# Permutations of pairs with restrictions

$$n$$ friends get together and decide to play a game. Thankfully one friend has a deck of $$n$$ cards, numbered from $$1$$ to $$n$$.

### How the Game Works

1. The group splits into pairs (the game only works when $$n$$ is even)
2. Everyone draws a card
3. In each pair, the person who drew a card with a higher number wins (yay!)
4. Winners are recorded and who drew which card is recorded
5. Cards are collected and shuffled
6. Repeat steps 1-5 for $$m$$ rounds
7. Publish the final rankings in order of wins

### The Question

My question is about looking at all the possible ways the game could have played out if people would have paired up differently. There are $$(n - 1)!!$$ possible ways people could have paired up in a given round. Which means that over $$m$$ rounds, there could have been $$(n - 1)!!^m$$ ways for the game to have played out

The next time the group plays the game, they decide that everyone has to pair up with each other roughly the same number of times. The maximum and minimum number of times two people can pair up is as follows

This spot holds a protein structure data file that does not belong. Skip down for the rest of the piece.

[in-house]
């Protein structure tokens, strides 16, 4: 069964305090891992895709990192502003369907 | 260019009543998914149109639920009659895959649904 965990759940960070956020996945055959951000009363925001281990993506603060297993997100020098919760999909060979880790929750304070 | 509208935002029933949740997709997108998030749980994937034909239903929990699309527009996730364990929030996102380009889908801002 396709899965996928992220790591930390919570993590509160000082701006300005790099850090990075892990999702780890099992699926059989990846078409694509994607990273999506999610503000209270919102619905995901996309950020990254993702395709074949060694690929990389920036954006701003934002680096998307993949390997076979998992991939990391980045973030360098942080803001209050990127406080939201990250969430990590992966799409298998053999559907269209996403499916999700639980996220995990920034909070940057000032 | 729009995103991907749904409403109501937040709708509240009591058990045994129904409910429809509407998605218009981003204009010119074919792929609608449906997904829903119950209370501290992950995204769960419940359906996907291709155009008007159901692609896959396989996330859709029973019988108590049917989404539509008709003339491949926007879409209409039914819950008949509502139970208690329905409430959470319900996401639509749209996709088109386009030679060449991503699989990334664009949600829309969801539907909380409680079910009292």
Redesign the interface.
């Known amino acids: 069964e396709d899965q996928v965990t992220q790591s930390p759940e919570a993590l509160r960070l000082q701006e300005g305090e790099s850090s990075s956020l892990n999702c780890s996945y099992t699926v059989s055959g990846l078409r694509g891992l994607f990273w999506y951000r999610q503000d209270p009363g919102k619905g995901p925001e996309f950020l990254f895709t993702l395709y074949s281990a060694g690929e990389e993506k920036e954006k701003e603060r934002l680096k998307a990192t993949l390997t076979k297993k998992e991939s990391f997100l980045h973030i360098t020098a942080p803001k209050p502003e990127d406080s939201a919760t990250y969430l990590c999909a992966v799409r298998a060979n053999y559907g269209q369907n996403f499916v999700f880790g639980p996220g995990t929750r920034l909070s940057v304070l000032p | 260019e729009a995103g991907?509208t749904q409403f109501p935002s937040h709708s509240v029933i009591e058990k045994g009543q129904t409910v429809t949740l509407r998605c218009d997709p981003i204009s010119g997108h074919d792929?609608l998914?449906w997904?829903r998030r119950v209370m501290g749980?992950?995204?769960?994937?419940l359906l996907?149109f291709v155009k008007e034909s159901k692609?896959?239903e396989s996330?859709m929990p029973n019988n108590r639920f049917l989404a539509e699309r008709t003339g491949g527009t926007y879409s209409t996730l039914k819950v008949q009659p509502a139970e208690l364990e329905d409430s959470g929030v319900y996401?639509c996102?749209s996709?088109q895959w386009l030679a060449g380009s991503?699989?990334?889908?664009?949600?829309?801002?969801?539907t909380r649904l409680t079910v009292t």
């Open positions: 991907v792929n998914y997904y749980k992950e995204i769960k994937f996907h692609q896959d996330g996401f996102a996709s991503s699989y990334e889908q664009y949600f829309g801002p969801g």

$$\text{max} = \left\lceil \frac{m}{n-1} \right\rceil$$ $$\text{min} = \left\lfloor \frac{m}{n-1} \right\rfloor$$

With this new rule, how many possible ways could the game have played out?

• This is the flavor text that I was going to, but didn't add to the question: One of the people playing the game (let's call him Bob) starts to realize that one of his friends (let's call him Jimmy) is getting really lucky. Even though Jimmy is drawing really low cards, he seems to always be paired up with someone who draws a lower card. So Bob decides he is going to prove that Jimmy got lucky. Since all of the data from the rounds is recorded, Bob decides to create a simulation to show what the final rankings should have been in all permutations of pairings. – alexdriedger Feb 21 at 16:09

Let's call this number $$P_n$$. It is quite obvious, that $$P_2 = 1$$. Now, suppose $$n > 2$$. Then we know, that the $$n$$-th player paired with $$m\%(n - 1)$$ people $$\left\lceil \frac{m}{n-1} \right\rceil$$ times and with $$n - 1 - (m\%(n - 1))$$ people $$\left\lfloor \frac{m}{n-1} \right\rfloor$$ times (here $$\%$$ stands for remainder). He can do that in $$C_{n-1}^{m \%(n-1)}$$ ways. So $$P_n = C_{n-1}^{m \%(n-1)}P_{n - 1} = \Pi_{i = 1}^{n - 1} C_{i}^{m \%i}$$.That is the answer.
• @alexdrieger, $\Pi$ stands for product in the same way, as $\Sigma$ stands for sum. $C_n^k$ stands for binomial coefficients: en.wikipedia.org/wiki/Binomial_coefficient – Yanior Weg Feb 21 at 17:04